Self-Study for North Central Association accreditation

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The present North Central Association accreditation self study is the most significant organizational self evaluation in the history of Missouri University of Science and Technology This study has made it abundantly evident that the university is a strong academic institution. The critical occurrences of recent university top leadership changes, an institutional name change, and organizational restructuring during the self study process indeed are unusual simultaneous occurrences in the life of Missouri S&T. These events have measurably influenced the university’s external and internal perspectives related to its operation and the self study has permitted a quantitative reflection of the “before-during-and-after” impact of these events relative to the institution’s overall quality.

The university’s self assessment of “what we do best” and “what we have learned” and the identification of “opportunities for improvement” provides significant clarity to the institution’s “strengths” and “challenges” in its description as a forward-looking organization.

Since its last NCA Accreditation Review, Missouri S&T has made signifcant progress in improving the quality of its operational processes. The 1999 evaluation team expressed concerns about the campus’s declining enrollment and the time it took students to graduate as well as the need for improved coordinated marketing, development, alumni affairs, and public relations. Equally challenging was the need for comprehensive strategic planning and a greater effort to enhance diversity on the campus. Declining interest among domestic students in engineering and science and substantial cuts in general operating funding from the state has complicated campus efforts to address the concerns raised by the Higher Learning Commission.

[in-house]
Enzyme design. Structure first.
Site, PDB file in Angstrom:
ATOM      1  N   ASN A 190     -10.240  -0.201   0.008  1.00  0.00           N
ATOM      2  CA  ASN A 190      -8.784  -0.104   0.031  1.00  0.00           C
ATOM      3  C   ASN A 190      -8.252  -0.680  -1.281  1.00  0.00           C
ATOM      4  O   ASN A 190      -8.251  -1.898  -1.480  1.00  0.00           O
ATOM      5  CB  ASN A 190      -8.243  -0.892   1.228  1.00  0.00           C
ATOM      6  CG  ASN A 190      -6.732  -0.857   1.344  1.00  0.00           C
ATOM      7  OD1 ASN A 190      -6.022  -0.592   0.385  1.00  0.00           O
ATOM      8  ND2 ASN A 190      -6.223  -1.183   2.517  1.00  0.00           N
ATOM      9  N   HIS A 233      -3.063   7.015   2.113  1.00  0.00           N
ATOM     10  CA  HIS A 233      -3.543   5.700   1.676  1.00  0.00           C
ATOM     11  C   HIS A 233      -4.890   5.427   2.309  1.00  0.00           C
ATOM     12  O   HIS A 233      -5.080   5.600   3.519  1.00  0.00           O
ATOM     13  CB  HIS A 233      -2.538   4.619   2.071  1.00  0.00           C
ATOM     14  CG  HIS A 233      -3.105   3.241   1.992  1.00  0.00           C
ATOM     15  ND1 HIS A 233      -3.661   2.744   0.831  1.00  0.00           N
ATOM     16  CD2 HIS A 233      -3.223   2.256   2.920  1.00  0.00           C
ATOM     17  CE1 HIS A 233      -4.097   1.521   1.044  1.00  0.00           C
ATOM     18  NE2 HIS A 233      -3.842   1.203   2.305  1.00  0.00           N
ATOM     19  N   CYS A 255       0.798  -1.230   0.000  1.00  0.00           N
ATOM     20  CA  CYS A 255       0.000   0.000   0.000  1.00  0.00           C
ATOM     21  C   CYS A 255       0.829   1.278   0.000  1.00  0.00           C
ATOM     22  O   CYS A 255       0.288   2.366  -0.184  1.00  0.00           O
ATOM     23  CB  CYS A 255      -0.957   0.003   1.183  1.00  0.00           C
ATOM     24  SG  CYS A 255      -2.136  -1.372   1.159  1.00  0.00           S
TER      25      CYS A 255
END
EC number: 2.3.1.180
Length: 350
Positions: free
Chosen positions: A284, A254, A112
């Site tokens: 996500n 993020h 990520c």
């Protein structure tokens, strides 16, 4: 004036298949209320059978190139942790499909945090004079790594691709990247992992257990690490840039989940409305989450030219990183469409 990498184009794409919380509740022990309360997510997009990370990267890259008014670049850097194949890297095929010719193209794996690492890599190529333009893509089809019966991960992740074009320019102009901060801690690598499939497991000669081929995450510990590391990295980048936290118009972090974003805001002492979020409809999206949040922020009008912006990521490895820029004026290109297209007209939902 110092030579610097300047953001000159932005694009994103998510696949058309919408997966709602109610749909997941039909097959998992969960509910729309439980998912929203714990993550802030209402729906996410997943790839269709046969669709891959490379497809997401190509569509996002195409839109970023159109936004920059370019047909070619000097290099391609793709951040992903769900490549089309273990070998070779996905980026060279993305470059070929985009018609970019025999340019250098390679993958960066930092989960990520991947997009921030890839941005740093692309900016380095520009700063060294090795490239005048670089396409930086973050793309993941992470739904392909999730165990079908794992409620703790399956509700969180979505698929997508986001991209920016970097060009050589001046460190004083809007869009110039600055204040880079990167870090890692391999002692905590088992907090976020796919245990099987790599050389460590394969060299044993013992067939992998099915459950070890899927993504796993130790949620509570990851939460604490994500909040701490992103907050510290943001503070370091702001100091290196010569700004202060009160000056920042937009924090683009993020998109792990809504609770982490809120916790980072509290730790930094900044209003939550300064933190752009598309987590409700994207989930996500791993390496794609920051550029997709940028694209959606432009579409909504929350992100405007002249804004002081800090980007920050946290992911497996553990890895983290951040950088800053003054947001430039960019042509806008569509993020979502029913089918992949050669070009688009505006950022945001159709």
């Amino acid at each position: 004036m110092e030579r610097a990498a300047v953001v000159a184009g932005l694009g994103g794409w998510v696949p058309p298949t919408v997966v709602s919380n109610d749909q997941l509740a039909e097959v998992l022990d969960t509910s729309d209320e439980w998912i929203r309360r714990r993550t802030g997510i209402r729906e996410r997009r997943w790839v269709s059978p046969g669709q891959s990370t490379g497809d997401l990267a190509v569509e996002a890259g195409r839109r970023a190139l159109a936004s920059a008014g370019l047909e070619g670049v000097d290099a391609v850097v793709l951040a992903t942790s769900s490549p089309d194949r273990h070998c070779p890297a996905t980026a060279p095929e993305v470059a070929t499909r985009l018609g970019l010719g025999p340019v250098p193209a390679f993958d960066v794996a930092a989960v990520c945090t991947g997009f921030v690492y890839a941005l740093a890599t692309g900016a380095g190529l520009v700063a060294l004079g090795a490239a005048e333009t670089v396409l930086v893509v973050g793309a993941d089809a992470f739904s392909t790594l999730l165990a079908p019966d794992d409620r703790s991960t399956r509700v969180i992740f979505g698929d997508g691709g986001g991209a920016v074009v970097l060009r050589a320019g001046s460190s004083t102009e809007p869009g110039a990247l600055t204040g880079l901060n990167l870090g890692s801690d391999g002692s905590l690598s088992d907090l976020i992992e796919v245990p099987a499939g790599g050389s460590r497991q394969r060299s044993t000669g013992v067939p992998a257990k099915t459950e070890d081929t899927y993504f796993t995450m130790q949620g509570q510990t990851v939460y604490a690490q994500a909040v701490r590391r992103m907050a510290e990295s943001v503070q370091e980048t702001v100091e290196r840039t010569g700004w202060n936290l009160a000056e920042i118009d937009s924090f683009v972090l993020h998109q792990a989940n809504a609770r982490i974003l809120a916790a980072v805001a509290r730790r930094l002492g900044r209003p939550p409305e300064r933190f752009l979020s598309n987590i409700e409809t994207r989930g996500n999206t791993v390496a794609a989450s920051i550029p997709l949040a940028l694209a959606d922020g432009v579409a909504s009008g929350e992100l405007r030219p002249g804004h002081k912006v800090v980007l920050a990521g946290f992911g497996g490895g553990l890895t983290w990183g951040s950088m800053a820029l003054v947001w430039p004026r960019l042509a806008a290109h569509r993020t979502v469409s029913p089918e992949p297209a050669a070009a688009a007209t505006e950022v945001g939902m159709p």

In the past decade, Missouri S&T has met most of those challenges with resounding success. Since 2000, the campus has increased undergraduate enrollment 33 percent while continuing to attract outstanding students. In the last decade, both the first-to-second year retention and six-year graduation rates have improved significantly from 83 percent to 87 percent and from 52 percent to 61 percent, respectively. These changes have been supported by the complimentary changes to the campus’ physical infrastructure and the quality and practice of dedicated faculty and staff. In 2003, the campus integrated its development, marketing, and alumni affairs into a University Advancement office, a decision that contributed to a robust “Advancing Excellence” capital campaign. Three years later, the campus embarked upon its most comprehensive strategic planning process, one that integrates departmental and unit plans, and includes an annual campus tactical plan.

Publication Date

2008

Publisher

Missouri University of Science and Technology

City

Rolla, Missouri

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Download and top reader are of the Executive Summary. Additional download and bottom reader are of the full report.

Missouri S&T 2008 Institutional Self Study Report

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